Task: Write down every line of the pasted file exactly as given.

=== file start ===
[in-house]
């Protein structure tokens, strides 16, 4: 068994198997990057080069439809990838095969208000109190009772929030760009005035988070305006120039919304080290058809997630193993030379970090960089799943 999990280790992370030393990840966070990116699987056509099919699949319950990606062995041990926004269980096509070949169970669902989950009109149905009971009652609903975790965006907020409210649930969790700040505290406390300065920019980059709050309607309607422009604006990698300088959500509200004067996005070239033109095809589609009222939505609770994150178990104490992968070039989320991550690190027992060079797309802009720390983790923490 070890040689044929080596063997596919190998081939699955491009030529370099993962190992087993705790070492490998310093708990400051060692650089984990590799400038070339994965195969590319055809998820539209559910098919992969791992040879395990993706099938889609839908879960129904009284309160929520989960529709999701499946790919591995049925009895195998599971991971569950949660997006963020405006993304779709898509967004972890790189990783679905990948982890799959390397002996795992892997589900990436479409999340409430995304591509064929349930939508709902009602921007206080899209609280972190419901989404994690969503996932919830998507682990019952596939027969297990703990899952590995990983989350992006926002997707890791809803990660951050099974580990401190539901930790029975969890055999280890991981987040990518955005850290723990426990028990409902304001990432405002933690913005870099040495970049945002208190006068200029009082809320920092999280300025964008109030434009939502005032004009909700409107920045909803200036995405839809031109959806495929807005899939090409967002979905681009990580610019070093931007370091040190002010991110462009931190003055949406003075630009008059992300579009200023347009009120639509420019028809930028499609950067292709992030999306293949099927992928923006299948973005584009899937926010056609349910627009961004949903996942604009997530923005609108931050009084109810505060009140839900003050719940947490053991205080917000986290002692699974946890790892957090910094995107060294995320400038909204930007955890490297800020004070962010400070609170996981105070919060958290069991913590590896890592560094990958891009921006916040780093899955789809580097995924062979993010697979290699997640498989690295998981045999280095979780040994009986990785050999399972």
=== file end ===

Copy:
[in-house]
């Protein structure tokens, strides 16, 4: 068994198997990057080069439809990838095969208000109190009772929030760009005035988070305006120039919304080290058809997630193993030379970090960089799943 999990280790992370030393990840966070990116699987056509099919699949319950990606062995041990926004269980096509070949169970669902989950009109149905009971009652609903975790965006907020409210649930969790700040505290406390300065920019980059709050309607309607422009604006990698300088959500509200004067996005070239033109095809589609009222939505609770994150178990104490992968070039989320991550690190027992060079797309802009720390983790923490 070890040689044929080596063997596919190998081939699955491009030529370099993962190992087993705790070492490998310093708990400051060692650089984990590799400038070339994965195969590319055809998820539209559910098919992969791992040879395990993706099938889609839908879960129904009284309160929520989960529709999701499946790919591995049925009895195998599971991971569950949660997006963020405006993304779709898509967004972890790189990783679905990948982890799959390397002996795992892997589900990436479409999340409430995304591509064929349930939508709902009602921007206080899209609280972190419901989404994690969503996932919830998507682990019952596939027969297990703990899952590995990983989350992006926002997707890791809803990660951050099974580990401190539901930790029975969890055999280890991981987040990518955005850290723990426990028990409902304001990432405002933690913005870099040495970049945002208190006068200029009082809320920092999280300025964008109030434009939502005032004009909700409107920045909803200036995405839809031109959806495929807005899939090409967002979905681009990580610019070093931007370091040190002010991110462009931190003055949406003075630009008059992300579009200023347009009120639509420019028809930028499609950067292709992030999306293949099927992928923006299948973005584009899937926010056609349910627009961004949903996942604009997530923005609108931050009084109810505060009140839900003050719940947490053991205080917000986290002692699974946890790892957090910094995107060294995320400038909204930007955890490297800020004070962010400070609170996981105070919060958290069991913590590896890592560094990958891009921006916040780093899955789809580097995924062979993010697979290699997640498989690295998981045999280095979780040994009986990785050999399972």